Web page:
GRAA- Game ranger Association of Africa

"We have lived in the best time and seen the wonders of wildlife...and belong to a brotherhood the members of which have memories that cannot be matched..." Sir Alfred Pease.

What is a Game Ranger?

In Africa, the Game Ranger goes by many different titles - Game Ranger, Game Warden, Conservation Officer, and many more, yet all are essentially the wildlife managers and the field force in Africa, working at the "coal face" of conservation. In Africa the prime responsibility of the Game Ranger is to ensure the territorial integrity and safety of the protected area under his/her management. Their tasks are multi-faceted and include; ensuring the day to day health and well-being of the game, research and monitoring, game capture and introductions, population management, burning programs, infrastructure and equipment maintenance, public relations, environmental education, and, crucially, local community relations, liaison and involvement. Added to these are the normal day to day financial controls, human resource planning and administration, which must also be carried out.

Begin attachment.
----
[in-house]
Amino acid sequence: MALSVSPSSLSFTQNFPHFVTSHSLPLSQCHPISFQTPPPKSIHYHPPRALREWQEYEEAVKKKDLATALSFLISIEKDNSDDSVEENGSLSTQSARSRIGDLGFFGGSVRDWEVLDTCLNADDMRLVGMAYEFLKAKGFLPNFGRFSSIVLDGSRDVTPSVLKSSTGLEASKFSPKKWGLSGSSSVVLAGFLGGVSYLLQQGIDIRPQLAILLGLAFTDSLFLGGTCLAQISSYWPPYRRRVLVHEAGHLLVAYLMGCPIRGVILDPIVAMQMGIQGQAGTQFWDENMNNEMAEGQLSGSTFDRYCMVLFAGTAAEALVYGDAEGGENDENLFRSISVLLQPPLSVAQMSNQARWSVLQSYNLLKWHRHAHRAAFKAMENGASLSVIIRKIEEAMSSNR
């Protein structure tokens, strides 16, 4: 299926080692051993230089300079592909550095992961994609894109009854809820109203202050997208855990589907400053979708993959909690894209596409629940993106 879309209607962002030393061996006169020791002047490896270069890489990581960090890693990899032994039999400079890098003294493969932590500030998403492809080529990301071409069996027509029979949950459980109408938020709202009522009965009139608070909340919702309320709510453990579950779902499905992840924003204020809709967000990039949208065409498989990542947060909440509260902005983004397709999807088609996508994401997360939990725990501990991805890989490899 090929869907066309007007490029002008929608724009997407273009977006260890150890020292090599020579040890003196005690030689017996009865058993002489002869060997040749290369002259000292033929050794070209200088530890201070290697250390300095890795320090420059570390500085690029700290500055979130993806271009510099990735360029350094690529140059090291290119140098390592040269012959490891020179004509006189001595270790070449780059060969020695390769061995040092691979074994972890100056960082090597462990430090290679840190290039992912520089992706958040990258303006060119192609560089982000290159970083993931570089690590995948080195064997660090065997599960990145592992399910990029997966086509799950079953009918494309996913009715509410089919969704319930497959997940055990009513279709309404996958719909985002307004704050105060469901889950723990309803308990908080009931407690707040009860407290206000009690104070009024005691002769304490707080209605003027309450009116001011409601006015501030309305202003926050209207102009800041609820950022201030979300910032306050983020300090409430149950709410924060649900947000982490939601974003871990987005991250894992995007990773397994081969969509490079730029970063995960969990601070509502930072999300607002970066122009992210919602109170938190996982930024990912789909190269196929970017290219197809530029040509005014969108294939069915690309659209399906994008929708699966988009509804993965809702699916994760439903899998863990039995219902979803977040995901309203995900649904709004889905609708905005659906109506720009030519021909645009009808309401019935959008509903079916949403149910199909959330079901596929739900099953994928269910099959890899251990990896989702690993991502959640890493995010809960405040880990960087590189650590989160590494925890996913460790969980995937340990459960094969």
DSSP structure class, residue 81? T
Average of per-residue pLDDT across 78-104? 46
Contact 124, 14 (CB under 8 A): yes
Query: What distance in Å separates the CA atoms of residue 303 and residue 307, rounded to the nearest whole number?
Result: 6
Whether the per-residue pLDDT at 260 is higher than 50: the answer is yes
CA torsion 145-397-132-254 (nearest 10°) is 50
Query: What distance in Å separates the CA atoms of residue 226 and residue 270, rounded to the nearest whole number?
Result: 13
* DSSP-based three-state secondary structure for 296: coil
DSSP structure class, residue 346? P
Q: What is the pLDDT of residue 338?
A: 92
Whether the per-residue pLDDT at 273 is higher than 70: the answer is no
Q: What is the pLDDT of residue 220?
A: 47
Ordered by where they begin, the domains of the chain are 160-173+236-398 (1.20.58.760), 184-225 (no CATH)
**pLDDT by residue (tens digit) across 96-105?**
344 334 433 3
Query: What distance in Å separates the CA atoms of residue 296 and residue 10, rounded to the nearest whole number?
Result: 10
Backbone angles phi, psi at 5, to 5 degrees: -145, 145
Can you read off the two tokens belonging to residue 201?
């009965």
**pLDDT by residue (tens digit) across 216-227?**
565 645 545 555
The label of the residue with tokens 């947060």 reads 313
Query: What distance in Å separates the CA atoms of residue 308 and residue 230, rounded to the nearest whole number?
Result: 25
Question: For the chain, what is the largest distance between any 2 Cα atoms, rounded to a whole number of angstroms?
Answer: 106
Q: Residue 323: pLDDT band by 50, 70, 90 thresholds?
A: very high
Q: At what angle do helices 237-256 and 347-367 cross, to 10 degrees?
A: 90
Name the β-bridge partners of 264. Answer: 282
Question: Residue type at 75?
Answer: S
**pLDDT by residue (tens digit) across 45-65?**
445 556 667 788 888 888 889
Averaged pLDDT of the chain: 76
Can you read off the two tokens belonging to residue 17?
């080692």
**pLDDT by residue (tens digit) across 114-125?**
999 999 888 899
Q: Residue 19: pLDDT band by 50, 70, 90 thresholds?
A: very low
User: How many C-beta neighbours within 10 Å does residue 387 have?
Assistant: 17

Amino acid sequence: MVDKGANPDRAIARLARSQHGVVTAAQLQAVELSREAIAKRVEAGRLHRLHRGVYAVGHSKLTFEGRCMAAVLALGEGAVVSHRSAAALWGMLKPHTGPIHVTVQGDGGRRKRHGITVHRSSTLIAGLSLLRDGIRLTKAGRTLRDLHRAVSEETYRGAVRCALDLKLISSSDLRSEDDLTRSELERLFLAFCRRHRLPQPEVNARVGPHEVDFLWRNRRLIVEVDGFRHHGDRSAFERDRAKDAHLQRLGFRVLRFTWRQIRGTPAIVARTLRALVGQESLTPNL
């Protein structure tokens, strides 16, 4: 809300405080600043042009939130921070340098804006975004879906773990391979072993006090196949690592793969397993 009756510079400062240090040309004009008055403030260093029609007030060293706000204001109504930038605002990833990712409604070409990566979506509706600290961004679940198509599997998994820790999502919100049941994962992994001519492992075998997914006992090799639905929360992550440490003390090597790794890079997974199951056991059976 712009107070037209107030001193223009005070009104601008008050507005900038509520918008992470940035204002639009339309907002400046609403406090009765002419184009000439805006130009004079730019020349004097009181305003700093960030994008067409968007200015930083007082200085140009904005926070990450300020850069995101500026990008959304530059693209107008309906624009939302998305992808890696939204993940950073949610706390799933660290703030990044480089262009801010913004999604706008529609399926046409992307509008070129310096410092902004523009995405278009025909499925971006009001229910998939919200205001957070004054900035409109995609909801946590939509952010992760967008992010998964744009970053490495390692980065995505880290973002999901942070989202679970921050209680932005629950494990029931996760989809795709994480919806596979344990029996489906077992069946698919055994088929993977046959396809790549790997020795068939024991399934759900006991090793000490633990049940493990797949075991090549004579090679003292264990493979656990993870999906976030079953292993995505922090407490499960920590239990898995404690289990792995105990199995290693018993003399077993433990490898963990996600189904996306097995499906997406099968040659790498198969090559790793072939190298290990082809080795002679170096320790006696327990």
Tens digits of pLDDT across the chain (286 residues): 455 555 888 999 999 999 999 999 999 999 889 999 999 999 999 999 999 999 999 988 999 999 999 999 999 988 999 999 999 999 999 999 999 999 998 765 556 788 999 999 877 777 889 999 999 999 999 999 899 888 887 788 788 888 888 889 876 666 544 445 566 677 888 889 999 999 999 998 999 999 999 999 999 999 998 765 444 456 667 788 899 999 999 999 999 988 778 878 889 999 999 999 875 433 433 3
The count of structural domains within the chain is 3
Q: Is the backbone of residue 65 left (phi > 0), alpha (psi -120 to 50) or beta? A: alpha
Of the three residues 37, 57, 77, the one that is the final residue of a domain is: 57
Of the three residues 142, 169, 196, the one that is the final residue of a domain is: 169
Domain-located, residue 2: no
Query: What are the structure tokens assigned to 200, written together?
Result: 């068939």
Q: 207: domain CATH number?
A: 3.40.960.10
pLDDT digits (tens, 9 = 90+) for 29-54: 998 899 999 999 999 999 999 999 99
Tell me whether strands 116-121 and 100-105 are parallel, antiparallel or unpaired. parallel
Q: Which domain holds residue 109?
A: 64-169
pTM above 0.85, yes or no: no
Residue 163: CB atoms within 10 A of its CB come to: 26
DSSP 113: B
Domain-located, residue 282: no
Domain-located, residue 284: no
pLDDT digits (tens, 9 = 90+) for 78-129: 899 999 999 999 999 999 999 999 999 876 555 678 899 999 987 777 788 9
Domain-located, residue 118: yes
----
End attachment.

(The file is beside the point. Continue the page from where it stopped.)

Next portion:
Theirs is often a difficult, dangerous and thankless task for which they receive very little remuneration and recognition and seemingly minuscule support both morally and financially.
For their dedication, many have in the past, and no doubt will in future, pay with their lives.

Game Ranging
is a field that encompasses many aspects of conservation work and includes, but is not restricted to the following :-

Territorial integrity and law enforcement:
Actively combat potential or actual threats to the area of management.

Natural studies and scientific support:
Study, monitor, record and report on natural occurrences and phenomenon, and field collection of data and samples.

Management planning and implementation:
Planning and carrying out of actions - inclusive of at least the following; erosion and alien plant control, fire management and game population control.

Sustainable resource utilisation:
Promote the value of , and prevent the degradation/destruction of natural resources.

Environmental education:
Contribute towards a public general awareness of conservation.

Community relations:
Contribute towards acceptance by, and cooperation of, neighbouring communities in conservation management.

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